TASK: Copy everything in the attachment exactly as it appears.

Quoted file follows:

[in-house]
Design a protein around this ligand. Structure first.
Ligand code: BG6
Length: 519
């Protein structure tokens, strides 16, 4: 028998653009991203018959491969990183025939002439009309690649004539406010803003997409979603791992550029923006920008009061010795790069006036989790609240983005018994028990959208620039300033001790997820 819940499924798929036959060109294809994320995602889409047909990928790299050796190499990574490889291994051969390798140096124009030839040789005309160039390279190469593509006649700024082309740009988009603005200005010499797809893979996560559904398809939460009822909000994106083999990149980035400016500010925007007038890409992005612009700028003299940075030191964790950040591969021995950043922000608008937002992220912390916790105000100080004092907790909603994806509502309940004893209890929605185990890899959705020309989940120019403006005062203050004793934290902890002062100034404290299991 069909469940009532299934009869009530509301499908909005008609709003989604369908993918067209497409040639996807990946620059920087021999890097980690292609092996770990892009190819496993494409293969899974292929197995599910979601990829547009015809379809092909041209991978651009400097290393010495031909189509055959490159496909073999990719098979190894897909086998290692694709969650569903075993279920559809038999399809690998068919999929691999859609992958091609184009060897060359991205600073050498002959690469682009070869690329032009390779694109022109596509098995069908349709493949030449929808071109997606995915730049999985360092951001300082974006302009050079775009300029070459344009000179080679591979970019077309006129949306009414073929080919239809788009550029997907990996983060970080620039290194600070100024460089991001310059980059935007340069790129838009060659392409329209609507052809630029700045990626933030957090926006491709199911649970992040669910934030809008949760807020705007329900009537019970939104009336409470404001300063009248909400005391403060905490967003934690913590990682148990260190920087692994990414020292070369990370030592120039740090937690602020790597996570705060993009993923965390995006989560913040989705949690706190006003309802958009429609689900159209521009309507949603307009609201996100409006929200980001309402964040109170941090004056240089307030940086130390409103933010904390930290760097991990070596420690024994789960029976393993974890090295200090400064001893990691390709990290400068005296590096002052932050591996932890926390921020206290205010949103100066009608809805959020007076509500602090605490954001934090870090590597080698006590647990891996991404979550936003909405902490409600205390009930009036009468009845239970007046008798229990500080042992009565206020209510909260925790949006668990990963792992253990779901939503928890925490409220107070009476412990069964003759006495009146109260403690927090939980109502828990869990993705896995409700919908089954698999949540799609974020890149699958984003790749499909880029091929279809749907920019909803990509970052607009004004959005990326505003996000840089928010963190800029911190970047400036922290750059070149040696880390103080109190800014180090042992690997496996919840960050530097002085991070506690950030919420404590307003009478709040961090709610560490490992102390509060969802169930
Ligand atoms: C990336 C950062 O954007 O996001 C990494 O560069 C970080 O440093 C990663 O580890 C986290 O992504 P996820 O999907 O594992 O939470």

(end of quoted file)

[in-house]
Design a protein around this ligand. Structure first.
Ligand code: BG6
Length: 519
């Protein structure tokens, strides 16, 4: 028998653009991203018959491969990183025939002439009309690649004539406010803003997409979603791992550029923006920008009061010795790069006036989790609240983005018994028990959208620039300033001790997820 819940499924798929036959060109294809994320995602889409047909990928790299050796190499990574490889291994051969390798140096124009030839040789005309160039390279190469593509006649700024082309740009988009603005200005010499797809893979996560559904398809939460009822909000994106083999990149980035400016500010925007007038890409992005612009700028003299940075030191964790950040591969021995950043922000608008937002992220912390916790105000100080004092907790909603994806509502309940004893209890929605185990890899959705020309989940120019403006005062203050004793934290902890002062100034404290299991 069909469940009532299934009869009530509301499908909005008609709003989604369908993918067209497409040639996807990946620059920087021999890097980690292609092996770990892009190819496993494409293969899974292929197995599910979601990829547009015809379809092909041209991978651009400097290393010495031909189509055959490159496909073999990719098979190894897909086998290692694709969650569903075993279920559809038999399809690998068919999929691999859609992958091609184009060897060359991205600073050498002959690469682009070869690329032009390779694109022109596509098995069908349709493949030449929808071109997606995915730049999985360092951001300082974006302009050079775009300029070459344009000179080679591979970019077309006129949306009414073929080919239809788009550029997907990996983060970080620039290194600070100024460089991001310059980059935007340069790129838009060659392409329209609507052809630029700045990626933030957090926006491709199911649970992040669910934030809008949760807020705007329900009537019970939104009336409470404001300063009248909400005391403060905490967003934690913590990682148990260190920087692994990414020292070369990370030592120039740090937690602020790597996570705060993009993923965390995006989560913040989705949690706190006003309802958009429609689900159209521009309507949603307009609201996100409006929200980001309402964040109170941090004056240089307030940086130390409103933010904390930290760097991990070596420690024994789960029976393993974890090295200090400064001893990691390709990290400068005296590096002052932050591996932890926390921020206290205010949103100066009608809805959020007076509500602090605490954001934090870090590597080698006590647990891996991404979550936003909405902490409600205390009930009036009468009845239970007046008798229990500080042992009565206020209510909260925790949006668990990963792992253990779901939503928890925490409220107070009476412990069964003759006495009146109260403690927090939980109502828990869990993705896995409700919908089954698999949540799609974020890149699958984003790749499909880029091929279809749907920019909803990509970052607009004004959005990326505003996000840089928010963190800029911190970047400036922290750059070149040696880390103080109190800014180090042992690997496996919840960050530097002085991070506690950030919420404590307003009478709040961090709610560490490992102390509060969802169930
Ligand atoms: C990336 C950062 O954007 O996001 C990494 O560069 C970080 O440093 C990663 O580890 C986290 O992504 P996820 O999907 O594992 O939470």